As the editor of the Elixir Radar newsletter, I read lots of articles related to Elixir every single week. Along the year I read probably more than 700 articles, so I could curate the best ones and send them to Elixir Radar’s subscribers.
In this article, I share the 11 most popular articles on Elixir Radar in 2020. Those are the ones that had the biggest engagement from 9,500+ Elixir Radar subscribers in each month of 2020, in terms of CTOR (click-to-open rate).
1. Best of January
Karolina Kurcwald shares some of the biggest names that use Elixir in production.
An example is Bleacher Report, one of the biggest websites focused on sports in the world. Their case it’s already a classic (IMO) in the Elixir community. Even THE book on Adopting Elixir has some of its content based on B/R’s case.
Another one is Discord. They’re like a chat plus ad-hoc audio/video conversations platform. You can imagine how Elixir works like a charm for their technical domain: thousands of clients connecting to a server concurrently.
She lists 8 interesting cases, you can check the rest.
2. Best of February
John Ankanna shares lots of Elixir tips & tricks. I’m sure at least two or three of those will be new to you (at least it was for me).
For example, I didn’t know how to list all the protocol implementations of a given protocol. Now thanks to that article, I do. For example, if you want to know all the implementations of the
Enumerable protocol, you can do this:
Some of those tips you may not need daily, but at least you can show off to your colleagues. 😝
3. Best of March
Samuel Mullen discusses limiting concurrency with worker pools and picking the right pool size with Little’s Law.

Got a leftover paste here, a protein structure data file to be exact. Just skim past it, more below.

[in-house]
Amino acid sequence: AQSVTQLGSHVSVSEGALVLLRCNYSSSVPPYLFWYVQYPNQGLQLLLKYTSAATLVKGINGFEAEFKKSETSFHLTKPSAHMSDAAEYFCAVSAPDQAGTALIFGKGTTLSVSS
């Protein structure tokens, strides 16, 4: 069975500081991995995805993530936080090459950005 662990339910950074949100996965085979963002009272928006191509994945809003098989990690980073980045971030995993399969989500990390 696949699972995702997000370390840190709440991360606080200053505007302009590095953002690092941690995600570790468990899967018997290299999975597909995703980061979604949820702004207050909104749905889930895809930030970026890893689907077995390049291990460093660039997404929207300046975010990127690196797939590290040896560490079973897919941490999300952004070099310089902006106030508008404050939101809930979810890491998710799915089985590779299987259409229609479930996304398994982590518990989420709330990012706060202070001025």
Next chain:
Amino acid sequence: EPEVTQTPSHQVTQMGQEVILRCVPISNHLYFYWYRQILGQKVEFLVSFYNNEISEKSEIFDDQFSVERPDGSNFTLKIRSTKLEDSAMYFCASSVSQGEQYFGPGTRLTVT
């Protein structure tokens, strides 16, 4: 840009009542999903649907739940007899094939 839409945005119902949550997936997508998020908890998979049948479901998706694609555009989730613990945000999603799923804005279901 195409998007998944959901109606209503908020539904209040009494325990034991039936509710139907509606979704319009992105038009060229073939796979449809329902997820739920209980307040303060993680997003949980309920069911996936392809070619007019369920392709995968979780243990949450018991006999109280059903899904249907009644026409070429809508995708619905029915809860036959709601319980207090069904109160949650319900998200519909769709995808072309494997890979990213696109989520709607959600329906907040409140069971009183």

This one blew my mind because it reminded me of my engineering college days. I always thought I could use Little’s Law for that, but I never actually did.
Now, besides just guessing the number of workers in your pool, you can calculate it! Not bad.
4. Best of April
José Valim discusses the challenges of implementing authentication solutions for Phoenix and presents recent efforts.
It’s amazing to see how the whole authentication story evolved after that post. The ideas of that article inspired a new library and ultimately turned into a PR that added an authentication generator into Phoenix itself.
5. Best of May
Alex Koutmous talks about what Phoenix LiveDashboard is, what you can gain by using it, and when/how you should use it.
For example, he shows when it’s useful compared to solutions like Promoteheus+Graphana.
Phoenix LiveDashboard it’s not only a great tool for observability, but it’s also a great open-source example of using LiveView. You can study its codebase and learn more about using Liveview.
6. Best of June
Todd Resudek shares problems that could be solved at the application level with Elixir, but that may have better solutions at the database level with Postgresql.
This one is to remember (and teach) us that relational databases are not only about basic CRUD operations encapsulated by a library. I’m sure you’ll learn something there. For example, I learned that Postgresql offers a Levenshtein distance function! 😱
7. Best of July
Szymon Soppa made a list of 5 well-known companies that are using Elixir, together with a brief description of each use case and links for more info about each one.